By Chris Freeburn, Master Gardener
Many will be receiving a beautiful bouquet of flowers today in celebration of Valentine’s Day. If you are one of the lucky ones who has a sweetheart who will bring you flowers,here are some tips to help you keep your Valentine flowers fresher longer.
Cut flowers need food in the form of carbohydrates or sugar to last for one to two weeks in your home. They also need citric acid to get the pH level correct allowing the stems to draw up water. It has been scientifically proven that water travels faster through the xylem (tissues that carry water through the plant) when the pH is around 3.5. Flowers also need to keep their stems clear of bacteria that can clog and prevent the uptake of water. This can be addressed with bleach. When you add the small package of floral preservative you receive with your bouquet you are giving your flowers the food, pH level and bacterial killing agent they need to stay fresh longer. You don’t necessarily have to use the entire package. Save some to add when you need to refresh your arrangement. You can also buy floral preservative if you bring in flowers from your own garden. Home remedies using vodka, aspirin, pennies or bleach may work, but the little package you get with your bouquet is effective and easy. One good home remedy is 1 tsp. of bleach and 1 tsp. of sugar in 1 litre of water.
- When you get your flowers, unwrap them as soon as possible and get them into water.
- Use a clean vase filled with warm or room temperature water. If you have hard water, let it sit for 24 hours before using. Add your preservative and mix until dissolved.
- Using a sharp knife or pair of scissors or pruners, cut stems under warm running water and place immediately into the vase. Cutting stems on an angle will give more surface for stems to draw water and the stems won’t lay flat on the bottom of the vase cutting off that ability.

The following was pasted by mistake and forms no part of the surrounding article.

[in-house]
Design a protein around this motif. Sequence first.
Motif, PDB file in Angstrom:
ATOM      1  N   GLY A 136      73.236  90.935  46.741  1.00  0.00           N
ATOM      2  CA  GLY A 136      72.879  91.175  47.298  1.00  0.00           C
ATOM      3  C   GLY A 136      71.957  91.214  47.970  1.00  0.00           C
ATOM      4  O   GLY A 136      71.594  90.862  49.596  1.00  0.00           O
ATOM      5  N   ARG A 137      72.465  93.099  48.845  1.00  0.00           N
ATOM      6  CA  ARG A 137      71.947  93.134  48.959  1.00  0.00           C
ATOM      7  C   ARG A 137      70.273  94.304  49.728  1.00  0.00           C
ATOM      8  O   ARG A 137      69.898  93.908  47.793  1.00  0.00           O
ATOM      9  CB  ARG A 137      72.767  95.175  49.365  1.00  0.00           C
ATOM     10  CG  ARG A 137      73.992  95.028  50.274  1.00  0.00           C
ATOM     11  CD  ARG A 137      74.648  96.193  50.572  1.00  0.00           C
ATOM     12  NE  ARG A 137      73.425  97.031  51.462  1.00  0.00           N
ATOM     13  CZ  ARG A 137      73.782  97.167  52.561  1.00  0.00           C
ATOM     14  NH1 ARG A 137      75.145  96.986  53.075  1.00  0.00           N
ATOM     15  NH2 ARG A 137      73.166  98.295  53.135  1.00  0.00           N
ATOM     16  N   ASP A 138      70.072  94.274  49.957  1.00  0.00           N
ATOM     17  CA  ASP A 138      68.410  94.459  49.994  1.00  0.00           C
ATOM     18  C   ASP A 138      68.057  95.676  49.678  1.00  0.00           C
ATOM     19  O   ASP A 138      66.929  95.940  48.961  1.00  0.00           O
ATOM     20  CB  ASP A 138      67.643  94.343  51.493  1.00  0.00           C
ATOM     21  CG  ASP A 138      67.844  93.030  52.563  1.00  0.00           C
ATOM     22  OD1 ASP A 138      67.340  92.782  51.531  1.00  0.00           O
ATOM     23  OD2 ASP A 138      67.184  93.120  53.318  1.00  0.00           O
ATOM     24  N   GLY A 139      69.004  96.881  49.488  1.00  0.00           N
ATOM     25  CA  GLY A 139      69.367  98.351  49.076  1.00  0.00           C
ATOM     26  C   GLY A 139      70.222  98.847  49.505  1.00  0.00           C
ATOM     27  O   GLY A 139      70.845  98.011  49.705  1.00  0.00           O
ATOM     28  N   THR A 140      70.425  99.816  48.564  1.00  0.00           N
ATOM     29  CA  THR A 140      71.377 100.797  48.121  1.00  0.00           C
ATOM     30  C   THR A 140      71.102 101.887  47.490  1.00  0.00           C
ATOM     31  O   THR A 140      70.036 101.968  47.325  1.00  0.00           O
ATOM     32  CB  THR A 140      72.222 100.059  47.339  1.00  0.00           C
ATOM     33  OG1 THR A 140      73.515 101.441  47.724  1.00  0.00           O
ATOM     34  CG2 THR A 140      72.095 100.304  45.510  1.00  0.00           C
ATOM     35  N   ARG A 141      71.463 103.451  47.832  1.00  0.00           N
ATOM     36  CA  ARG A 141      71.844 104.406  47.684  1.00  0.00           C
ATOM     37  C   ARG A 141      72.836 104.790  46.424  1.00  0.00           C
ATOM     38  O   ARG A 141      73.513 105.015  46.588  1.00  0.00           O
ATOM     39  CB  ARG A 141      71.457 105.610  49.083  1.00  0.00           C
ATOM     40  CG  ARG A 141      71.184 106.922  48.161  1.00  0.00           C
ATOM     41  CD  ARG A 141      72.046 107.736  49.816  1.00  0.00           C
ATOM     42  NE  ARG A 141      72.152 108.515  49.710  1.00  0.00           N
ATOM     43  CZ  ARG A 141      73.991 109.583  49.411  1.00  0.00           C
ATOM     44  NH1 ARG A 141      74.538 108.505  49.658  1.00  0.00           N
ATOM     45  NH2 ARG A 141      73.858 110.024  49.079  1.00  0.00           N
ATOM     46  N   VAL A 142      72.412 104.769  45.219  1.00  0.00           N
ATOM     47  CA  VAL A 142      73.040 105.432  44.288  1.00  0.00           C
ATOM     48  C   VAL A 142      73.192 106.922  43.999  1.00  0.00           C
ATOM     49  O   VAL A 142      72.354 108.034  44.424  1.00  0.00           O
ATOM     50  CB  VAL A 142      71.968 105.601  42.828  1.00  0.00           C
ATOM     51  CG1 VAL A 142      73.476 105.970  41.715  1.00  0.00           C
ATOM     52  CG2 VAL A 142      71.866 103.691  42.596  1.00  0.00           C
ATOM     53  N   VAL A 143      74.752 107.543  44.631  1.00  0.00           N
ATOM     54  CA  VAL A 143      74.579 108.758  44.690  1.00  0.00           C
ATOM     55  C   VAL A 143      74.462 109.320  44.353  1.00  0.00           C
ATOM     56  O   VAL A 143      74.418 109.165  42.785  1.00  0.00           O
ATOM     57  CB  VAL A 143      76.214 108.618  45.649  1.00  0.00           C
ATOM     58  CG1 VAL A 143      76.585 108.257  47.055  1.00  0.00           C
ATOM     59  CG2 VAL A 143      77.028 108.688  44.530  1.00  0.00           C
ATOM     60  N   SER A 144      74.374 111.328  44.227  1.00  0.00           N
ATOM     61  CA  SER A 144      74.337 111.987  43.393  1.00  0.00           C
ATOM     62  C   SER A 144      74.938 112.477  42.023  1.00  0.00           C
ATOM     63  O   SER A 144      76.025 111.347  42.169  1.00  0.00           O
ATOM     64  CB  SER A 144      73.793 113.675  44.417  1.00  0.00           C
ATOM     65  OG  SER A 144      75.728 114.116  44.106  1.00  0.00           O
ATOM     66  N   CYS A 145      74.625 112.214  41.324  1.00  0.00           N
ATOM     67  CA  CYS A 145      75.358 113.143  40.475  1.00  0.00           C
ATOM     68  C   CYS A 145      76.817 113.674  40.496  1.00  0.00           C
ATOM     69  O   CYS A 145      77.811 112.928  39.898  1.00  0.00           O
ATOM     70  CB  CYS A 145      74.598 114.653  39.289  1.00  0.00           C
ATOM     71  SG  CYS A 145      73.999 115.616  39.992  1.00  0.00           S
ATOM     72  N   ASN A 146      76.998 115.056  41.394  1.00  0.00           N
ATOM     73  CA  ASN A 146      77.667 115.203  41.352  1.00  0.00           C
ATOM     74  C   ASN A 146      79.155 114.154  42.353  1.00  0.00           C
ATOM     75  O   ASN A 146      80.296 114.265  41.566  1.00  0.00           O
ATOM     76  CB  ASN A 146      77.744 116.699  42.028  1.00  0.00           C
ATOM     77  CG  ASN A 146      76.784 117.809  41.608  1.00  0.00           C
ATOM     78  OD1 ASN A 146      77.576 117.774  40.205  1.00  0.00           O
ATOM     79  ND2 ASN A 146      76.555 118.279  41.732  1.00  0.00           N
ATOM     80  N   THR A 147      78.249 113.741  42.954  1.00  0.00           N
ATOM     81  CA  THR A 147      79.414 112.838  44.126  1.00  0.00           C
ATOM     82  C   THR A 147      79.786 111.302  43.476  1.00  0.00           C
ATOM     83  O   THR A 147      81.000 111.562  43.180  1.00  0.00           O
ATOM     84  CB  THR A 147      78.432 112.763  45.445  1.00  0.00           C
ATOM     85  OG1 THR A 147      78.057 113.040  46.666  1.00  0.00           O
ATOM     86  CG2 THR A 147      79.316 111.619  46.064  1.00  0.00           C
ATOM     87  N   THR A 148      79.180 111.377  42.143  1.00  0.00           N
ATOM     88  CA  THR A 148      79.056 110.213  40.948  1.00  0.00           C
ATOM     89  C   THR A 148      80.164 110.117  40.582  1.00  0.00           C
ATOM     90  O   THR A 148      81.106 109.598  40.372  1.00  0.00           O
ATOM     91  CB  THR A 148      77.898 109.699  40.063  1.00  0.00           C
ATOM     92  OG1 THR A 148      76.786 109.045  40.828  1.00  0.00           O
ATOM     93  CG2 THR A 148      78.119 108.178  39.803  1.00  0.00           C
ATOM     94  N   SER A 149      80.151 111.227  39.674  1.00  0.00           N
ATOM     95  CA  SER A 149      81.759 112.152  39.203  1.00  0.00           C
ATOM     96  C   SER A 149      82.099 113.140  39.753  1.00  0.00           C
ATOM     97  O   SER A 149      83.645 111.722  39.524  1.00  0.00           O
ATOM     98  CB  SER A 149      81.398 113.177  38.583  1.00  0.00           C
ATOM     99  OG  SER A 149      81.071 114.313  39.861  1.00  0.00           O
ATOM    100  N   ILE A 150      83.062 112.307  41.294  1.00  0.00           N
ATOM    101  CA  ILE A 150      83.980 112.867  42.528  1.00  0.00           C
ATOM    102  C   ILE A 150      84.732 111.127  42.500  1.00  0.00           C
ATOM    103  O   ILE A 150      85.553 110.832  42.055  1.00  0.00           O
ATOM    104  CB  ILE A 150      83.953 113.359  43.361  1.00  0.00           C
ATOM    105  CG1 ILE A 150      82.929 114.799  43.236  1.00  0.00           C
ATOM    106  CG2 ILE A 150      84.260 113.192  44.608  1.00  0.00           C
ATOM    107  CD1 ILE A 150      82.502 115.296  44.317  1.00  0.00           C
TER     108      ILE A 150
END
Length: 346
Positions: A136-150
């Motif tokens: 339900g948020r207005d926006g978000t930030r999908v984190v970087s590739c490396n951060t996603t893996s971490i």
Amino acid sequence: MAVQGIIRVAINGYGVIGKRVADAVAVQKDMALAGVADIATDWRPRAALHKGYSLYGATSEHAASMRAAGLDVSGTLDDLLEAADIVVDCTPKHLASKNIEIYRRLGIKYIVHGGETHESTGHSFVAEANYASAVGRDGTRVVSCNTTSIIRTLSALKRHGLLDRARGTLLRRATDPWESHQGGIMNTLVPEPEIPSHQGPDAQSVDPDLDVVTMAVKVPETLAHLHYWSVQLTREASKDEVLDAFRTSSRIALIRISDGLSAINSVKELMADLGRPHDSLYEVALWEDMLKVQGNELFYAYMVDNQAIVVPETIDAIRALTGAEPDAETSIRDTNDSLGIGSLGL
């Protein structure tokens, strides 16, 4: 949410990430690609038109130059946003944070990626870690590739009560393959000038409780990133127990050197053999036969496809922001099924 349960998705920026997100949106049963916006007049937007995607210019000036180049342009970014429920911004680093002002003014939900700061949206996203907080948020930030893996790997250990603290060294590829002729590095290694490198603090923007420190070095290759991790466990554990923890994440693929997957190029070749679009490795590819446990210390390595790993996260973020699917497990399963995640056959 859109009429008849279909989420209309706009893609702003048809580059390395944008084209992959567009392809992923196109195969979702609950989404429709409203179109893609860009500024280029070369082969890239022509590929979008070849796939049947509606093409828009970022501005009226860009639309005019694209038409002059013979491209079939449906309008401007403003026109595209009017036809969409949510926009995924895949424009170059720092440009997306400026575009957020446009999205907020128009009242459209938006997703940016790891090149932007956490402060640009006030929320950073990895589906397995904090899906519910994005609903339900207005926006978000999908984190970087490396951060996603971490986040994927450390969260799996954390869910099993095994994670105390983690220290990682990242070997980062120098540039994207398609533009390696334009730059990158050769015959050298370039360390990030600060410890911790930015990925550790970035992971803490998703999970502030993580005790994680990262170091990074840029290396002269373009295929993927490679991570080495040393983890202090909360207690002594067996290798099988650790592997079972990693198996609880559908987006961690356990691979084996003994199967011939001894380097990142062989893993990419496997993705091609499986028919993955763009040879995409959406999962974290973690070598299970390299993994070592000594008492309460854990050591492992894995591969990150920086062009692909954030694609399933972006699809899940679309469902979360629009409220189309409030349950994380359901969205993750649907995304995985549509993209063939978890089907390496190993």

- Remove any leaves that will go below the water line. These will rot and can cause bacterial problems.
- Keep your flowers out of direct sunlight and in a cooler rather than warmer room.
- Keep the water topped up daily. Your flowers will drink if they are happy.
You may find that flowers wilt or droop. If this happens, re-cut the stems at least half an inch and move to another clean prepared vase. I suggest that you remember this when you do your first cut on your flowers and keep the stems longer, so you are able to re-cut and move your bouquet to smaller and shorter vases a few times before they are totally spent.
Some types of flowers will last longer than others, so if you have a mixed bouquet, you will probably lose some blooms before others. Zinnia, carnations, larkspur and glads all should last longer than two weeks.
One of our Peterborough Master Gardeners wrote a great article last summer on growing and harvesting flowers for cutting. For that article go to Reaping the Flower Harvest.
The reason we love fresh flowers is they are with us for only a short time. Accept that fact and enjoy your bouquet!